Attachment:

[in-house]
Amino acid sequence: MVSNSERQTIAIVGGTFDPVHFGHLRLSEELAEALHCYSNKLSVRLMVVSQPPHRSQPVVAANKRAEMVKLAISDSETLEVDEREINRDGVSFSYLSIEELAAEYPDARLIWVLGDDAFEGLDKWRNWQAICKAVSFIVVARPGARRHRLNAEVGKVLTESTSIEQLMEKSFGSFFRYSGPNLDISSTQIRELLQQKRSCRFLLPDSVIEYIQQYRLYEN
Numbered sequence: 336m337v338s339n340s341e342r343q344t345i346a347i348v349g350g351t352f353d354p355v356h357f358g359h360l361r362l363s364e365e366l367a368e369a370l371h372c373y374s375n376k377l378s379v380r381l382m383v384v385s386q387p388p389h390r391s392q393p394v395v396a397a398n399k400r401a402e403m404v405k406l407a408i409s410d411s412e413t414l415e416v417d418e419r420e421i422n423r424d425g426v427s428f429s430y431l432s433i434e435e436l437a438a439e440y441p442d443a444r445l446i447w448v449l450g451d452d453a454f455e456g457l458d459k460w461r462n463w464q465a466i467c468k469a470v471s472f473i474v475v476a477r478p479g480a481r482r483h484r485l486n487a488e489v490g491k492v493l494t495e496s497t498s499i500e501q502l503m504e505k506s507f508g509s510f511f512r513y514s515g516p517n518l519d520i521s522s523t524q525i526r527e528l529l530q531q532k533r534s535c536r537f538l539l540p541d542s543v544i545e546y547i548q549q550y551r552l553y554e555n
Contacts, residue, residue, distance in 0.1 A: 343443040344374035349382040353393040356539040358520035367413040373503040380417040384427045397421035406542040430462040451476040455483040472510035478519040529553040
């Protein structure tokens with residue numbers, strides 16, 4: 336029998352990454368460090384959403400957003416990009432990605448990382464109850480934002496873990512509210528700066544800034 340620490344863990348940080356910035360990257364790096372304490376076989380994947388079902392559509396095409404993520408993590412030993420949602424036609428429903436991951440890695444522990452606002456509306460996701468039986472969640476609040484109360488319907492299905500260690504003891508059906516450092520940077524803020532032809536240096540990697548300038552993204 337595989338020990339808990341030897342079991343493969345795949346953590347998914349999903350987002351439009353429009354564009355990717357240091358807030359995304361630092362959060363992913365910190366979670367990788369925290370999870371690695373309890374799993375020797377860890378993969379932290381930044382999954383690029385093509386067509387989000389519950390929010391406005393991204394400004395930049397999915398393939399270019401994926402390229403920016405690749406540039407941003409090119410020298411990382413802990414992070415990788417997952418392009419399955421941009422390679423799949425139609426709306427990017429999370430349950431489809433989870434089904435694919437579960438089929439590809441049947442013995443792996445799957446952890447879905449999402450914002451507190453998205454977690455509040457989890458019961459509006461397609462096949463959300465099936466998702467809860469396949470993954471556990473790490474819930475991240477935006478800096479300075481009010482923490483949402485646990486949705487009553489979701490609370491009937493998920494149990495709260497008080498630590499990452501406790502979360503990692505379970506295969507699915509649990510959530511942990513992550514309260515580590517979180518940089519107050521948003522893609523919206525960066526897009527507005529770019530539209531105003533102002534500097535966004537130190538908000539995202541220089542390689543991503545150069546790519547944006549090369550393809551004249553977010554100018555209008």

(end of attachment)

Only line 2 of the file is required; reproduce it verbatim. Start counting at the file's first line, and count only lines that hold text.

Amino acid sequence: MVSNSERQTIAIVGGTFDPVHFGHLRLSEELAEALHCYSNKLSVRLMVVSQPPHRSQPVVAANKRAEMVKLAISDSETLEVDEREINRDGVSFSYLSIEELAAEYPDARLIWVLGDDAFEGLDKWRNWQAICKAVSFIVVARPGARRHRLNAEVGKVLTESTSIEQLMEKSFGSFFRYSGPNLDISSTQIRELLQQKRSCRFLLPDSVIEYIQQYRLYEN